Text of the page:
Section 7 states that a company will be fined when an associated person bribes a foreign public official without the company having implemented adequate procedures designed to prevent such conduct. The Ministry of Justice's Guidance to the UK Bribery Act sets out six principles for the implementation of such prevention measures.
In addition, the Joint Prosecution Guidance of the Serious Fraud Office (SFO) and the director of public prosecutions should provide clarity on the prerequisites for prosecuting facilitating payments, because – unlike in Germany – whether criminal acts are prosecuted in the United Kingdom is at the discretion of the authorities. According to the guidance, certain factors weigh in favour of prosecution – for example:
- large or repeated payments;
- facilitating payments being accepted as standard procedure;
- payments that may indicate an element of active corruption;
- clear and appropriate policies not being followed correctly by individuals.
Other factors can work against prosecution – for example:
- a small, single payment;
- payments coming to light as a result of a genuinely proactive approach involving self-reporting and remedial action;
- clear and appropriate policies correctly followed by individuals; and
- the payer being in a vulnerable position arising from the circumstances in which the payment was demanded.
Although the SFO does not expect facilitating payments to be eliminated immediately after the act has come into force, it does expect companies to pursue a zero-tolerance approach to facilitating payments and to ensure that payments cease within a certain period of time. It has set down certain discretionary criteria for facilitating payments made after the entry into force of the act (eg, recording of payments, information of authorities, written guidance for employees), but these are likely to apply for only a short time.
As Germany has no corporate criminal law, according to Sections 30 and 130 of the Regulatory Offences Act, fines can be imposed on companies only when an employee has committed a relevant crime. In addition, the company must have failed to take appropriate supervisory measures that would have made it substantially more difficult for the employee to commit the crime. The only relevant crimes in this regard are granting an undue advantage (Section 333 of the Criminal Code) and bribery (Section 334 of the code). Facilitating payments to foreign officials may be considered to be only bribery, depending on the circumstances.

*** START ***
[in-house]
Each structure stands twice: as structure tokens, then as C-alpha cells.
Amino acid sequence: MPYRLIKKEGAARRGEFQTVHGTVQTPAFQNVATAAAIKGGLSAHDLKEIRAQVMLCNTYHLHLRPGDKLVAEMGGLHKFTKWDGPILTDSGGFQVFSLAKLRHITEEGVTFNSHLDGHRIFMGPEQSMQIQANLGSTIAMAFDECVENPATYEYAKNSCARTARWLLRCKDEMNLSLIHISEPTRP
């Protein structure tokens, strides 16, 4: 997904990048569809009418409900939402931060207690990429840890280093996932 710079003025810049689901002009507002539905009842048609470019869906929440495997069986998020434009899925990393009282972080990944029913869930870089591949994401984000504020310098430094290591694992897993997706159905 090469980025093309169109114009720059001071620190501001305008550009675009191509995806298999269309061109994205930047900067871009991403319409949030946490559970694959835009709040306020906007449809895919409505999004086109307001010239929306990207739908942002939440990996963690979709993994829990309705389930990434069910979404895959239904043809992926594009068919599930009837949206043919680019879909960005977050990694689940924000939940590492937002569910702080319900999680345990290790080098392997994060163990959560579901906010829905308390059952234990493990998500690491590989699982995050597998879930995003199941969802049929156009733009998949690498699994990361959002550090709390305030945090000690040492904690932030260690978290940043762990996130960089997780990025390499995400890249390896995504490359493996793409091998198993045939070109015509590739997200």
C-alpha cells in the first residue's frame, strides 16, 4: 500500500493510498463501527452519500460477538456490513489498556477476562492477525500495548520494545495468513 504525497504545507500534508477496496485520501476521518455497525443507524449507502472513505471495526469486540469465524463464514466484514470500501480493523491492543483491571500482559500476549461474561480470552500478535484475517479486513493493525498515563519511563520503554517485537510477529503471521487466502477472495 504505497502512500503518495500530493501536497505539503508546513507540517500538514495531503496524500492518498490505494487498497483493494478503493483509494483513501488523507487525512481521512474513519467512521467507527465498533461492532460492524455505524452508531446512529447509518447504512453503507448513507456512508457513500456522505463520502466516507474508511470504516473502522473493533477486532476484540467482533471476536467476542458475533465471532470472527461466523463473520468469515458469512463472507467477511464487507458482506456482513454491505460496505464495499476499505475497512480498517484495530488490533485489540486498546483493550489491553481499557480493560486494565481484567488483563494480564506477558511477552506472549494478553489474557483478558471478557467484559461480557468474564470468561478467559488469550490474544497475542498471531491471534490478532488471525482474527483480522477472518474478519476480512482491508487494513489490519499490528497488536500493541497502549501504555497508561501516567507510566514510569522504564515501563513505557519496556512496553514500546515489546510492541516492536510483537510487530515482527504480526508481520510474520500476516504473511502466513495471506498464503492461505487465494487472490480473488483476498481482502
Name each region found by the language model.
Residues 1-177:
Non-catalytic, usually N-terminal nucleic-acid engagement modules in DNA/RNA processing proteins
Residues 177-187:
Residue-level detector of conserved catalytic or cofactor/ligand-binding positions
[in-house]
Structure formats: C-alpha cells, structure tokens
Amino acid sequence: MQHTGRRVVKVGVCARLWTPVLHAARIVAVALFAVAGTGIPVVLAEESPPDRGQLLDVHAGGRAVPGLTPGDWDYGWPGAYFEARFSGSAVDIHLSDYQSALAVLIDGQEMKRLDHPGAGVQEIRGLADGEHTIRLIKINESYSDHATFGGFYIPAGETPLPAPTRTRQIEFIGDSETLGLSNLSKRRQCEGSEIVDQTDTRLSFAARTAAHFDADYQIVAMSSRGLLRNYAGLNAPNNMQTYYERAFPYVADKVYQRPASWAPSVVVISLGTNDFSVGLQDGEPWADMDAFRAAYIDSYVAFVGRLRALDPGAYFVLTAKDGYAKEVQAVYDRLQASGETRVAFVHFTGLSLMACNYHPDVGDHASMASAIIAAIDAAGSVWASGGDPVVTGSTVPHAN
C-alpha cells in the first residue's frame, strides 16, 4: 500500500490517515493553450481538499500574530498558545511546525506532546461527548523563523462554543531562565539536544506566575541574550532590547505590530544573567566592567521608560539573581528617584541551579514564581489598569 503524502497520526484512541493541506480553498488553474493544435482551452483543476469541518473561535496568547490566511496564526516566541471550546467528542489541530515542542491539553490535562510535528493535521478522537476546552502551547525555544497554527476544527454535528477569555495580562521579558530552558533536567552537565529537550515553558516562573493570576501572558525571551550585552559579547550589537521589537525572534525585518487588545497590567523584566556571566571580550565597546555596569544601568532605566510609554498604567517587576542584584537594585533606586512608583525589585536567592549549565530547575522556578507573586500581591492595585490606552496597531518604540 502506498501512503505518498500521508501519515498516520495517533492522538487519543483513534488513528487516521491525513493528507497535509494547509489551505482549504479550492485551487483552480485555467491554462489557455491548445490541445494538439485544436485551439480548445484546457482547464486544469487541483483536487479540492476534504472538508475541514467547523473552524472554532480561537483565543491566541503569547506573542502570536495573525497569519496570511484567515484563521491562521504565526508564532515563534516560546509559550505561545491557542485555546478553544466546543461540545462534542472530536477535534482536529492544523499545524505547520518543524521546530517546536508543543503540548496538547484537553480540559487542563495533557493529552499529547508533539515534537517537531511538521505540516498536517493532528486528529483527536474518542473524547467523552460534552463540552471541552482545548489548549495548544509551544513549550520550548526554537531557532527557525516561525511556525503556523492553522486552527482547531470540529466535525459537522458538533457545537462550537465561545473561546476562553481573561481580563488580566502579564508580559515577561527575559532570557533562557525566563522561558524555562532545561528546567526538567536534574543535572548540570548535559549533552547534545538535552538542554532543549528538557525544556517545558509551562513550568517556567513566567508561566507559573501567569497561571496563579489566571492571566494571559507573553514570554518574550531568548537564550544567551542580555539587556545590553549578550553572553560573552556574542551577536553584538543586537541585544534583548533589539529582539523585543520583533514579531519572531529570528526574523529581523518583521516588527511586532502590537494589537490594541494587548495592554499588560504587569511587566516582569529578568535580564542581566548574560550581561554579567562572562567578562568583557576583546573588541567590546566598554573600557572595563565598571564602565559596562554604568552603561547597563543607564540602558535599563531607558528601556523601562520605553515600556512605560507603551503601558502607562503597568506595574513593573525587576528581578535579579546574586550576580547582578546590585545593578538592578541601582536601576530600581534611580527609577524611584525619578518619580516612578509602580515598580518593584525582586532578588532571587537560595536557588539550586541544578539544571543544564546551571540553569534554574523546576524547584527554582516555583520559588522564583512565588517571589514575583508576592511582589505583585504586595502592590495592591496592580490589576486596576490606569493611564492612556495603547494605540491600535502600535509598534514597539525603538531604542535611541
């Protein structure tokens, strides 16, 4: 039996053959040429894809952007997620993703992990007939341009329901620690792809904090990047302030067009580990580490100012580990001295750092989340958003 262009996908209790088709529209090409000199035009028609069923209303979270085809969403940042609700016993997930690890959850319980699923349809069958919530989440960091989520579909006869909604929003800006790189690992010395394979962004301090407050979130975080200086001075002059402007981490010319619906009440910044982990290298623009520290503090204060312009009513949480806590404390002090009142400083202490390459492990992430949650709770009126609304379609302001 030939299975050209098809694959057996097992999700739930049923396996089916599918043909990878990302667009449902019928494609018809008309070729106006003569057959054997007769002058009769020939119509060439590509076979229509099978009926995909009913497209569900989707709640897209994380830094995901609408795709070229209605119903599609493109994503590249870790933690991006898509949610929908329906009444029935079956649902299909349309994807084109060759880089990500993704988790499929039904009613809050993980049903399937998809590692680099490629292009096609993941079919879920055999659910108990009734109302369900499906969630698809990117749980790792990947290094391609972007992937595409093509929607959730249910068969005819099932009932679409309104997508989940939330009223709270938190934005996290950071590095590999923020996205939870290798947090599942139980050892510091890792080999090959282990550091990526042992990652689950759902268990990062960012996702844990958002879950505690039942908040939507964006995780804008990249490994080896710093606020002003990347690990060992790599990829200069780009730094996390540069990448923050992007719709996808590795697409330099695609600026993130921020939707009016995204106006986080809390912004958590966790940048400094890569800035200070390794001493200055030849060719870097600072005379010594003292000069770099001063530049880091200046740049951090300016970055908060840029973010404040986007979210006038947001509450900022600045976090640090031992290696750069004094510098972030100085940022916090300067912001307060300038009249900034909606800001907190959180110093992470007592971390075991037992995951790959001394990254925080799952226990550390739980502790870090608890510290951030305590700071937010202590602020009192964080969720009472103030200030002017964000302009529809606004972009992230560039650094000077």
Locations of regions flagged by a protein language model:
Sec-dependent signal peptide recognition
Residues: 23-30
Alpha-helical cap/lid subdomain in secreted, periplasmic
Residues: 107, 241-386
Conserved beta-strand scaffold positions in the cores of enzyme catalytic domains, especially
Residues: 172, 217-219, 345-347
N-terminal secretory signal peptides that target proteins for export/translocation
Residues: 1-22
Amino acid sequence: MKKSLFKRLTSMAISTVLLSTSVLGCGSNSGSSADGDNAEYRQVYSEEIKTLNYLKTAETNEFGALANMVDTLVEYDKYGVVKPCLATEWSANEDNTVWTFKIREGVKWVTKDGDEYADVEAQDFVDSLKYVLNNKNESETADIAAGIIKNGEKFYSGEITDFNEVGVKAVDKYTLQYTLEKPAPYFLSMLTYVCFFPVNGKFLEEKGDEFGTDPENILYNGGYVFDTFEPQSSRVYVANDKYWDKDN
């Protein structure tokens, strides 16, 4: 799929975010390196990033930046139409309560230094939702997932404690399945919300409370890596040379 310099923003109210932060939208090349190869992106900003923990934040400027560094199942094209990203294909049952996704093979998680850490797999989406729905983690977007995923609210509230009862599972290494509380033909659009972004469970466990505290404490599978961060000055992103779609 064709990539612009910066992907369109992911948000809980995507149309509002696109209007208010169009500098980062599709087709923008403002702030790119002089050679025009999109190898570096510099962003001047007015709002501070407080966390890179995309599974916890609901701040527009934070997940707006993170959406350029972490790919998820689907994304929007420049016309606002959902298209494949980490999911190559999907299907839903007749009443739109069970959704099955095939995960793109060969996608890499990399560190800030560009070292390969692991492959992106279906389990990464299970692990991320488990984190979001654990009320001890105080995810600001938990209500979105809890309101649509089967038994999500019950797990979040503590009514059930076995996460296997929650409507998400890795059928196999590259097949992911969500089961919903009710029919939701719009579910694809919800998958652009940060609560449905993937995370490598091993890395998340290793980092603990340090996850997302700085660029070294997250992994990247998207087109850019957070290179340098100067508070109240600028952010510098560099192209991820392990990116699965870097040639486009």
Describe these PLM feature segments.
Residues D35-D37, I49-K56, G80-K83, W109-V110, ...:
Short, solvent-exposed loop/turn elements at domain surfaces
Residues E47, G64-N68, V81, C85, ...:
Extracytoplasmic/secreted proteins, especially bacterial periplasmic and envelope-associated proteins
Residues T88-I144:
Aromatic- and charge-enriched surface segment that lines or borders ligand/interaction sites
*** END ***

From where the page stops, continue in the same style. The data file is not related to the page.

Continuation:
No criminal liability is imposed for rendering facilitating payments based on the crime of granting an undue advantage pursuant to Section 333 of the code when payments were made to foreign officials. According to this provision, there is criminal liability only if a German official is offered, promised or given an undue advantage for providing a (rightful) service (Section 11(1), No 2 of the code).
The criteria for bribery (Section 334 of the code), on the other hand, also include bribing foreign officials (Article 2 of the Act Combating International Bribery). In addition, the official must breach his or her official duties by performing the act. However, since facilitating payments are generally rendered for the purpose of causing an official act which the official is obliged to carry out and to which the party rendering the payment is entitled, facilitating payments are usually not subject to Section 334 of the code. According to German case law, the prerequisites of bribery can be fulfilled only if:
- the facilitating payments are made for the purpose of accelerating a decision by the authority contrary to the duty of the authority; and
- the accelerated processing causes other parties to be disadvantaged.
Although it is difficult to prove that there was preferential treatment contrary to the duty of the official under the respective foreign law and that third parties suffered a disadvantage, this risk of liability should not be underestimated.
As set out above, there is a risk for German companies that fines will be imposed when they render facilitating payments. The implementation of effective compliance systems can reduce such liability considerably. For some companies, successful business abroad seems inconceivable without facilitating payments. Although facilitating payments lead to detrimental cost increases and are generally subject to fines under the relevant foreign law, some companies consider the payments to be the lesser of two evils when compared to the economic consequences of a refusal to pay (eg, a loss of production). However, in light of the high risk of fines, it is vital to rethink this approach.
When setting up a compliance system, the agents acting for a company abroad should be effectively integrated into that system. Before beginning to work with them, they should be carefully examined based on references and should present their business practices in detail. The fixed-term contracts should contain an anti-corruption clause and day-to-day business should be documented through figures and the regular specification of services. If the company discovers non-compliant behaviour of an agent in the course of its regular monitoring, it should terminate the relationship immediately and, if applicable, press charges. In order to reduce seriously the liability risk, the compliance-relevant measures should be documented in writing. All of these measures can reduce the risk of facilitating payments significantly and thus contribute to the implementation of the rule of law in emerging markets, which is the basis for successful and sustainable business.